Crawl Space FAQ: Part One - Why is My Crawl Space Wet?

Thursday, December 8th, 2016 by Max Schosid


For anyone who owns a home with a crawl space, you understand the fear. Every time it rains, your heart rate ticks up a few notches. “Is a crawl space supposed to smell like that?” you keep asking yourself. You stay up late at night, desperately looking up pictures of what efflorescence is. Okay, well, maybe you don’t. However, there aren’t too many things more annoying than crawling through a muddy crawl space - or worse - finding all of your belongings you’ve stored in your crawl space have become a breeding ground for mold spores.

So, how does water get into a crawl space? It might seem like a simple question with an obvious answer, your crawl space can be wet for a number of reasons.

Let’s start with the obvious reasons for a damp crawl space. The first major culprit is groundwater. After periods of heavy rain or snow, groundwater can seep into the crawl space from the dirt floor. Another major cause of wet crawl spaces exists outside your house; how close are your downspouts to your foundation wall? If all the water from your gutters is running too close to your foundation, this water can then intrude into your crawl space. To add to that, leaky irrigation systems for lawns can also bring water too close to your foundation wall, and into your crawl space. Finally, your wet crawl space could be a problem inside the home. A leaky or broken pipe can be the reason for all of the moisture under your home.

Wet Crawlspace

Now, the not-so-obvious. Water is the most abundant molecular compound on earth, existing in solid, liquid, and gaseous forms. In one form or another, you’ll find H2O just about everywhere, including the soil underneath your home. As this water evaporates, it turns into water vapor, which then comes up through the soil and into your crawl space. Water vapor, rather than liquid water, is definitely the most common cause of a damp crawl space.

Yes, I know. You’re thinking to yourself, “But Colorado isn’t humid at all! There just isn’t a lot of water vapor in the air!” And you’re exactly right. However, a crawl space environment is very different from the environment outside. As the water in the ground evaporates, the resulting water vapor gets trapped in your crawl space, creating an environment that can be as much as ten times as humid as the air outside. Yikes.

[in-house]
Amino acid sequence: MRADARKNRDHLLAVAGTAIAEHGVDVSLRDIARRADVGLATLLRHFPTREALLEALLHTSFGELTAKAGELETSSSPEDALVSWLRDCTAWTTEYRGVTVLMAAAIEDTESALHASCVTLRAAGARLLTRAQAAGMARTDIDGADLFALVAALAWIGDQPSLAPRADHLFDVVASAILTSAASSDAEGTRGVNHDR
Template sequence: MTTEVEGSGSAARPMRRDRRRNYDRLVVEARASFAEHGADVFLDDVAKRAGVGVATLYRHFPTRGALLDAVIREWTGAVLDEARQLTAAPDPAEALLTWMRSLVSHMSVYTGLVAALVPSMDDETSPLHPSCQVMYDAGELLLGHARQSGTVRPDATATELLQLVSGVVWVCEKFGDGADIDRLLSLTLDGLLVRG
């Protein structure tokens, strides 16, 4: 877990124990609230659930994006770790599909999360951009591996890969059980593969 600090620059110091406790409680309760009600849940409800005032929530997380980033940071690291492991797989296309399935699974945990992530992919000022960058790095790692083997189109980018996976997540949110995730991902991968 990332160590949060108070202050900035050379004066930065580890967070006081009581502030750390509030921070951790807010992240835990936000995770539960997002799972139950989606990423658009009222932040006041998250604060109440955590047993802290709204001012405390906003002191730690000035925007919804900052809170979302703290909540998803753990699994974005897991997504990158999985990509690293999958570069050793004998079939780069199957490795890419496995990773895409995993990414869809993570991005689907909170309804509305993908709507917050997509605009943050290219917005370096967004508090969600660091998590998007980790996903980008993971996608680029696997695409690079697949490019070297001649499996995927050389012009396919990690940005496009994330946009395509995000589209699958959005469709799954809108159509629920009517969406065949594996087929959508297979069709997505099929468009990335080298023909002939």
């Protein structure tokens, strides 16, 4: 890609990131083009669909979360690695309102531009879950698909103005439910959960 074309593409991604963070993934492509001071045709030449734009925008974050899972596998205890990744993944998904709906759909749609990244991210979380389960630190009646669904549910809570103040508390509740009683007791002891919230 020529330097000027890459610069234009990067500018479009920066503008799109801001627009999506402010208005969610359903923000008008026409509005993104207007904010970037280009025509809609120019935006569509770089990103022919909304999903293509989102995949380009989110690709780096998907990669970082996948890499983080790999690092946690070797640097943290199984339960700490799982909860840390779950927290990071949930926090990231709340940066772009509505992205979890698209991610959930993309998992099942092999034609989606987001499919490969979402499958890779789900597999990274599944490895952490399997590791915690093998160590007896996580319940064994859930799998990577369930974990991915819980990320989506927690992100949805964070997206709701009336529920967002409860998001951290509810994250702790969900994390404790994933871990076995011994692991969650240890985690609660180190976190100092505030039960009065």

Efflorescence in a Basement

Knowing where the moisture in your crawl space is coming from is important to finding a solution. If your moisture issues seem to be concentrated around one particular area of your crawl space,  check any pipes that hang over that area for leaks. Then, check your foundation wall for efflorescence. Efflorescence is a chalky, crystalline deposit of water-soluble salts found commonly found on concrete, masonry, or stucco. The deposits are left behind when water evaporates, making the presence of efflorescence a definite sign of water intrusion. Finally, condensation on wood, pipes, or foundation walls is the calling card of a high-humidity environment. This means you have quite a bit of water vapor coming up from the soil into your home.

 

Feeling concerned about your crawl space? Give Rod Martin’s Complete Basement Systems a call today to set up an appointment for us to come out and provide a thorough inspection.

 

In our next segment of Crawl Space FAQ, we will talk about the option of digging your crawl space into a full basement. Don’t miss it!

Crawl Space Repair Related Articles:

  1. Crawl Space Repair
  2. Crawl Space FAQ: Part One - Why is My Crawl Space Wet?
  3. Crawl Space FAQ: Part Two - Can I Dig Out My Crawl Space into a Full Basement?
  4. Crawl Space FAQ: Part Three - Why Should I Fix My Crawl Space?
  5. Crawl Space FAQ - Part Four: What Options Do I Have to Fix My Crawl Space?
 
About the author

Max has over five years of experience leveraging social and content marketing efforts for small businesses and startups across the Denver metro area. As a professional writer and content marketer, he is a frequent contributor to The Washington Park Profile, and has also contributed to Aboutboulder.com, and The Rocky Mountain Brew Review. Max joined the Rod Martin's Complete Basement Systems team in 2016, and coordinates the deployment of all web-based content for the company.